M/V Kestrel is our newest and fastest boat. Being that it so fast, and open air, you must wear exposure suits onboard while underway. They’re incredibly warm, and basically just keep the wind out. It wasn’t long after we the dock that we got suited up, and realized that Captain Brian forgot his exposure pants. Instead of going back, he decided to brave the cold. So while the rest of us were nice and cozy, he shivered.

On a lighter note, we got a great look at some Stellar sea lions at Whale Rocks, both swimming and hauled out. From there, we continued west to look for minke whales, and saw a huge number of Phalaropes, tiny seabirds along the way. After getting a few looks at a stealthy minke, we got a report of two humpbacks southeast of Victoria. Being that M/V Kestrel is so fast, we had plenty of time to get out that way before we had to head back in. We were able to sit with them for quite some time. The sun was shining, the water was glassy, and with very few boats on scene, it was incredibly quiet, with just the loud breaths of humpback whales surfacing.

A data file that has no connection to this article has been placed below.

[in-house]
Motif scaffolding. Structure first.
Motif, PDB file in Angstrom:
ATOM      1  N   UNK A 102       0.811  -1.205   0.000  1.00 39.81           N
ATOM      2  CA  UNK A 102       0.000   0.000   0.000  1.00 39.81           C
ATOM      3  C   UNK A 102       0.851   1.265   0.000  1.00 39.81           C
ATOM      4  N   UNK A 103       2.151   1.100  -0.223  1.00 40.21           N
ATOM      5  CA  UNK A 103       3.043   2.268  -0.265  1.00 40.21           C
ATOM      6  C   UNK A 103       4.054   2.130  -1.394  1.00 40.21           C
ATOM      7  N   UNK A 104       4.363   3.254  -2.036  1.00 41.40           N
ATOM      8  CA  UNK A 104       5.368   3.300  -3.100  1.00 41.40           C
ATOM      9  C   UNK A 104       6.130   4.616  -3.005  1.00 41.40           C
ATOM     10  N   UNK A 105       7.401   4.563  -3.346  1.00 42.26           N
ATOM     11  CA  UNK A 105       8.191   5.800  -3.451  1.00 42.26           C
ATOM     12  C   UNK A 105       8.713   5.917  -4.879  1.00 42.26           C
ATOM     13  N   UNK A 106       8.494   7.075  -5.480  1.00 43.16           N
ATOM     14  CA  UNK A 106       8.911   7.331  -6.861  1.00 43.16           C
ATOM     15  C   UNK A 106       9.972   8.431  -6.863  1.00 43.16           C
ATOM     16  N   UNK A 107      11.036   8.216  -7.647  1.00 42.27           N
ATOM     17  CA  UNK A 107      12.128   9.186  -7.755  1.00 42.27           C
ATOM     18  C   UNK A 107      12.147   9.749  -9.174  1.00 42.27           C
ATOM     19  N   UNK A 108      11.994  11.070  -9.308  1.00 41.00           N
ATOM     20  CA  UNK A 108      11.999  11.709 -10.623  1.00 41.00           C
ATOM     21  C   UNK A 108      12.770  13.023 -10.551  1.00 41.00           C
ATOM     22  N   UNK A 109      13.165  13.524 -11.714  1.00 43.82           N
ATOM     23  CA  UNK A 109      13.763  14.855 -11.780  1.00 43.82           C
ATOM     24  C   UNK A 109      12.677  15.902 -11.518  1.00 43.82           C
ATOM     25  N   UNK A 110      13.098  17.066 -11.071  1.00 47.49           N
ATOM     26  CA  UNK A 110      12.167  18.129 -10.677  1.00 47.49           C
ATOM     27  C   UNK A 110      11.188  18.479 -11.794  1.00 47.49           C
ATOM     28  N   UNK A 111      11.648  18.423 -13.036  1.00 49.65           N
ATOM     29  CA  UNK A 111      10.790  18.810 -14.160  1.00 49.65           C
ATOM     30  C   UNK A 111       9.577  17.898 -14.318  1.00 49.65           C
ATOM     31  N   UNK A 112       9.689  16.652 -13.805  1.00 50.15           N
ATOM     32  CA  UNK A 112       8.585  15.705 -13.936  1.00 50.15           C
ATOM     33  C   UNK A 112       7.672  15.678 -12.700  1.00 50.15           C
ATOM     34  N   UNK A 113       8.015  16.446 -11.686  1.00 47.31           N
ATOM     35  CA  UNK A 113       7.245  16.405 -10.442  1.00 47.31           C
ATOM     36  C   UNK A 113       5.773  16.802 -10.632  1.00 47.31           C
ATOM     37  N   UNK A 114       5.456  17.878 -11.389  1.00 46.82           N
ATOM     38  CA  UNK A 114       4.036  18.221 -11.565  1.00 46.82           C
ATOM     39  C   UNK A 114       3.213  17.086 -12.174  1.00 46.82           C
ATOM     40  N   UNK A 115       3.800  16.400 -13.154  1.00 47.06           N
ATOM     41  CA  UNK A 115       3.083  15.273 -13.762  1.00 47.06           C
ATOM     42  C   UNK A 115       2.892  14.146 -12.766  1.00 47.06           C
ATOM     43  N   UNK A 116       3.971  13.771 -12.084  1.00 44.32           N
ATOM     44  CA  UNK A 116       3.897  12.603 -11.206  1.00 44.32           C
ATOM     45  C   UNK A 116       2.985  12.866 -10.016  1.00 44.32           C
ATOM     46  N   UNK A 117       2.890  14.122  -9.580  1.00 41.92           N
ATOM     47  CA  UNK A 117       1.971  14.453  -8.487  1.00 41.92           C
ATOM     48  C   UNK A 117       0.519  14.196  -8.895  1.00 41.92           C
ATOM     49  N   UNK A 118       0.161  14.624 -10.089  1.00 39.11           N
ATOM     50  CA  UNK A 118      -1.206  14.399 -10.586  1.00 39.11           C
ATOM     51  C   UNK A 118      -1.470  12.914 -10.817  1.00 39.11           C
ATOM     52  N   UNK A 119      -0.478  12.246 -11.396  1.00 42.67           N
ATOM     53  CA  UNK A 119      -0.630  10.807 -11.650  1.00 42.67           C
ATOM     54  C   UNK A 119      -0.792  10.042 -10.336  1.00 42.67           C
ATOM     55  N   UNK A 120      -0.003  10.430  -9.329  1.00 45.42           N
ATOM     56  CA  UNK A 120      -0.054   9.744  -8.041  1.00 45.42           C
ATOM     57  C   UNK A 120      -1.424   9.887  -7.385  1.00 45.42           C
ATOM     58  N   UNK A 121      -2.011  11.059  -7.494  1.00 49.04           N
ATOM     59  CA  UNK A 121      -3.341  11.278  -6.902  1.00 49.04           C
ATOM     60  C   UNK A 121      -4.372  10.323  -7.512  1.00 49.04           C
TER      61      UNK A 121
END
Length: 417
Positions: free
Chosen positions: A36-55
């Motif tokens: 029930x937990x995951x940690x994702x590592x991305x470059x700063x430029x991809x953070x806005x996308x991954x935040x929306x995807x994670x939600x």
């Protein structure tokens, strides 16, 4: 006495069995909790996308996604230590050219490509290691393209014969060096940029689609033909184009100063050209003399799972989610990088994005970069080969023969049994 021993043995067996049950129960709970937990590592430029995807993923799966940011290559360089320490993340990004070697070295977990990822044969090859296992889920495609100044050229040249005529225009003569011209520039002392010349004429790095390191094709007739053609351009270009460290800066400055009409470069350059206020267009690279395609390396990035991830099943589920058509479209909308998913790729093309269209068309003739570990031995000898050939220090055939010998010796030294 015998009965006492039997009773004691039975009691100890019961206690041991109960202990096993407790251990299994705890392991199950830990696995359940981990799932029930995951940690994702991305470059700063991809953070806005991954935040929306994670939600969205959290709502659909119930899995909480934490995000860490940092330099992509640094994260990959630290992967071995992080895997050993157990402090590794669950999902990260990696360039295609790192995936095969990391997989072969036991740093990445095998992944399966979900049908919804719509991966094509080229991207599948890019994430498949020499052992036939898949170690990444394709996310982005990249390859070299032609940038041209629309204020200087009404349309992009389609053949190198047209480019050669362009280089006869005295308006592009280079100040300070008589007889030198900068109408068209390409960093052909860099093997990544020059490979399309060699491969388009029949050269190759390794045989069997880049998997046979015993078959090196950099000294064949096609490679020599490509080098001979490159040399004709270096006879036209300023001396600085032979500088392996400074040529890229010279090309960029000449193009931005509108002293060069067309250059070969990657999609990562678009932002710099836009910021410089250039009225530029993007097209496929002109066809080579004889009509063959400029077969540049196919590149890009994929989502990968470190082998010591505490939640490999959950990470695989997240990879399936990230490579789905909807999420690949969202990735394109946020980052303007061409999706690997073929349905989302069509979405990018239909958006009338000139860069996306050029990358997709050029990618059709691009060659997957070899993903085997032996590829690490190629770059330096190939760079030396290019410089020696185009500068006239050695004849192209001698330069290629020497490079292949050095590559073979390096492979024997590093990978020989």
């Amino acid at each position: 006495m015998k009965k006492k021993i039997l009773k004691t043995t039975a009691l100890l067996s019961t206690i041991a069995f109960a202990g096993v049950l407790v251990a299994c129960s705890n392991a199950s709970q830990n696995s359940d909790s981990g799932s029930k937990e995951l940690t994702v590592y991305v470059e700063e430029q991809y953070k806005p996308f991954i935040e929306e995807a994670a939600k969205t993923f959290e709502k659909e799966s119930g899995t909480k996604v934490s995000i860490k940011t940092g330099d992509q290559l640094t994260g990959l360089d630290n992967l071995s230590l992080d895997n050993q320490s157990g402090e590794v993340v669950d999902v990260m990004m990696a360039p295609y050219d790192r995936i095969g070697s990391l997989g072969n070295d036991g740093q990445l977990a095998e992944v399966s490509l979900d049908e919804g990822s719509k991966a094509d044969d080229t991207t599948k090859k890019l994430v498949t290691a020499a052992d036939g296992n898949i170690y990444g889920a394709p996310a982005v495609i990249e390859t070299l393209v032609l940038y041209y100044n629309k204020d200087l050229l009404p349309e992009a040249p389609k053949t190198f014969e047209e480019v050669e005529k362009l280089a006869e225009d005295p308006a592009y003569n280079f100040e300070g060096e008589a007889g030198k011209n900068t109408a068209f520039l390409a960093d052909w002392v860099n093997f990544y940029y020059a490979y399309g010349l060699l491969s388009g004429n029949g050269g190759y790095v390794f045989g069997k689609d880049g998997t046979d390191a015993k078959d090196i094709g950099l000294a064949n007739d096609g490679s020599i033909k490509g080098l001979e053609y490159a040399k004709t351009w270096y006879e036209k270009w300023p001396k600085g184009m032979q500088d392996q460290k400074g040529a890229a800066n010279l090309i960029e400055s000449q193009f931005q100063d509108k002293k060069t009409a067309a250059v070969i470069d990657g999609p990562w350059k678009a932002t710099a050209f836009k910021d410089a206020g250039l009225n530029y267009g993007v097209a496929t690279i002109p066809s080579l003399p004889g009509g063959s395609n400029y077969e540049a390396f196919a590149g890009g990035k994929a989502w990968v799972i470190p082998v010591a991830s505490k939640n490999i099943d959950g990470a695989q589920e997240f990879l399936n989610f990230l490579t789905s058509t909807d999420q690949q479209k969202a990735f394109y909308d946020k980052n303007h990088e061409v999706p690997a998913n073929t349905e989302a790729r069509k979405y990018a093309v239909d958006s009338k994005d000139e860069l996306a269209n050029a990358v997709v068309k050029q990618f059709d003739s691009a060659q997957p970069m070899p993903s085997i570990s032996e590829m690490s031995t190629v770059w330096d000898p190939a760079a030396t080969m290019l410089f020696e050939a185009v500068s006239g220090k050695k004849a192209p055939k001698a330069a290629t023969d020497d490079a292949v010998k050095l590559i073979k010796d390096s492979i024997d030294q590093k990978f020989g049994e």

On the way home, we saw even saw Dall’s porpoise which are quite rare! Including the harbor porpoises from earlier in the trip, that brought our trip cetacean count to 4!! What do I mean by cetacean?

Cetacean is the taxonomic order that includes whales, dolphins, and porpoises. It is broken down in to two suborders. These are the mystecetes, which are baleen whales, and the odontocetes, which are toothed whales. That means on today’s trip, we saw two mystecetes (the minke and the humpbacks), and two odontocetes (harbor porpoise and Dall’s porpoise).

On the way back in, we had some warm wind as we rounded Cattle Point, and Brian smiled from ear to ear as his legs warmed up.


Naturalist Alex

M/V Kestrel

San Juan Safaris